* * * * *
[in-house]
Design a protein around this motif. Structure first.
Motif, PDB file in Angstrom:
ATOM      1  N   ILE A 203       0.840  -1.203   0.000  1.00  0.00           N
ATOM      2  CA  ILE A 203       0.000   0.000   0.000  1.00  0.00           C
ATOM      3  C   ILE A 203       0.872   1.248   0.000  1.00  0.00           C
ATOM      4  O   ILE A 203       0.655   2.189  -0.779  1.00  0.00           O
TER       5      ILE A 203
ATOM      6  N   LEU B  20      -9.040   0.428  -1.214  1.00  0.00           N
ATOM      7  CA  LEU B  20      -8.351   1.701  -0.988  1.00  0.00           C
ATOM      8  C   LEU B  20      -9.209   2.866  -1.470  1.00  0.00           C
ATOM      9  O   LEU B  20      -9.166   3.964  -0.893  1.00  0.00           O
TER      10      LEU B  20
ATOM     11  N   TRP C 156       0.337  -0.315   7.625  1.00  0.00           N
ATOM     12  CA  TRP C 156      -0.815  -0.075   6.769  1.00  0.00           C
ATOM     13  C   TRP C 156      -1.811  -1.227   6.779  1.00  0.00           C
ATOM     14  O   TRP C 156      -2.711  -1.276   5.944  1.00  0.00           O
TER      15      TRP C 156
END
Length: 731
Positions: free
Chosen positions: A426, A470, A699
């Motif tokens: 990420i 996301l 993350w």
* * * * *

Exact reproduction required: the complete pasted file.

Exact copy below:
[in-house]
Design a protein around this motif. Structure first.
Motif, PDB file in Angstrom:
ATOM      1  N   ILE A 203       0.840  -1.203   0.000  1.00  0.00           N
ATOM      2  CA  ILE A 203       0.000   0.000   0.000  1.00  0.00           C
ATOM      3  C   ILE A 203       0.872   1.248   0.000  1.00  0.00           C
ATOM      4  O   ILE A 203       0.655   2.189  -0.779  1.00  0.00           O
TER       5      ILE A 203
ATOM      6  N   LEU B  20      -9.040   0.428  -1.214  1.00  0.00           N
ATOM      7  CA  LEU B  20      -8.351   1.701  -0.988  1.00  0.00           C
ATOM      8  C   LEU B  20      -9.209   2.866  -1.470  1.00  0.00           C
ATOM      9  O   LEU B  20      -9.166   3.964  -0.893  1.00  0.00           O
TER      10      LEU B  20
ATOM     11  N   TRP C 156       0.337  -0.315   7.625  1.00  0.00           N
ATOM     12  CA  TRP C 156      -0.815  -0.075   6.769  1.00  0.00           C
ATOM     13  C   TRP C 156      -1.811  -1.227   6.779  1.00  0.00           C
ATOM     14  O   TRP C 156      -2.711  -1.276   5.944  1.00  0.00           O
TER      15      TRP C 156
END
Length: 731
Positions: free
Chosen positions: A426, A470, A699
């Motif tokens: 990420i 996301l 993350w």